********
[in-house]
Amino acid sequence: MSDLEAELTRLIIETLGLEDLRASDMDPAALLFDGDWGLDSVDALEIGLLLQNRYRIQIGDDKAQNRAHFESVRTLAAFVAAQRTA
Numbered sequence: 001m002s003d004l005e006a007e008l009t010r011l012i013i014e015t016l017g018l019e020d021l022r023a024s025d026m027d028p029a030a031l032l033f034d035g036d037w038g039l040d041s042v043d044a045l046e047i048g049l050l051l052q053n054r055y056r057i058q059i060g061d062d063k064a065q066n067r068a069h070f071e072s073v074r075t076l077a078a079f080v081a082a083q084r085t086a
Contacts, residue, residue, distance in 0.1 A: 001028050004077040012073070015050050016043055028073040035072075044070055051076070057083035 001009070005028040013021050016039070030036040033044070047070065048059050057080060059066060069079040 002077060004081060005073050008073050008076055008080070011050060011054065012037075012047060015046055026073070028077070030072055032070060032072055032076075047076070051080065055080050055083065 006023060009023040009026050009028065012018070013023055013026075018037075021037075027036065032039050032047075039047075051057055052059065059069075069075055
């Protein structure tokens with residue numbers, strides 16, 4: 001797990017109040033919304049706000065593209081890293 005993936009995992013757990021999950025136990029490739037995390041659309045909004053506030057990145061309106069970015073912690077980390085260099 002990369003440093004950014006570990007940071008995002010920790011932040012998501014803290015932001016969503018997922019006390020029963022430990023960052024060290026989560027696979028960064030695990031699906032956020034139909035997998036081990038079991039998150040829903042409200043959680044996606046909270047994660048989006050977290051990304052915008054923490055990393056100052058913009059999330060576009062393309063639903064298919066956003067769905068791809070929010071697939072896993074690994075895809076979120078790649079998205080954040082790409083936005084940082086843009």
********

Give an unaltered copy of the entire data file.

[in-house]
Amino acid sequence: MSDLEAELTRLIIETLGLEDLRASDMDPAALLFDGDWGLDSVDALEIGLLLQNRYRIQIGDDKAQNRAHFESVRTLAAFVAAQRTA
Numbered sequence: 001m002s003d004l005e006a007e008l009t010r011l012i013i014e015t016l017g018l019e020d021l022r023a024s025d026m027d028p029a030a031l032l033f034d035g036d037w038g039l040d041s042v043d044a045l046e047i048g049l050l051l052q053n054r055y056r057i058q059i060g061d062d063k064a065q066n067r068a069h070f071e072s073v074r075t076l077a078a079f080v081a082a083q084r085t086a
Contacts, residue, residue, distance in 0.1 A: 001028050004077040012073070015050050016043055028073040035072075044070055051076070057083035 001009070005028040013021050016039070030036040033044070047070065048059050057080060059066060069079040 002077060004081060005073050008073050008076055008080070011050060011054065012037075012047060015046055026073070028077070030072055032070060032072055032076075047076070051080065055080050055083065 006023060009023040009026050009028065012018070013023055013026075018037075021037075027036065032039050032047075039047075051057055052059065059069075069075055
């Protein structure tokens with residue numbers, strides 16, 4: 001797990017109040033919304049706000065593209081890293 005993936009995992013757990021999950025136990029490739037995390041659309045909004053506030057990145061309106069970015073912690077980390085260099 002990369003440093004950014006570990007940071008995002010920790011932040012998501014803290015932001016969503018997922019006390020029963022430990023960052024060290026989560027696979028960064030695990031699906032956020034139909035997998036081990038079991039998150040829903042409200043959680044996606046909270047994660048989006050977290051990304052915008054923490055990393056100052058913009059999330060576009062393309063639903064298919066956003067769905068791809070929010071697939072896993074690994075895809076979120078790649079998205080954040082790409083936005084940082086843009």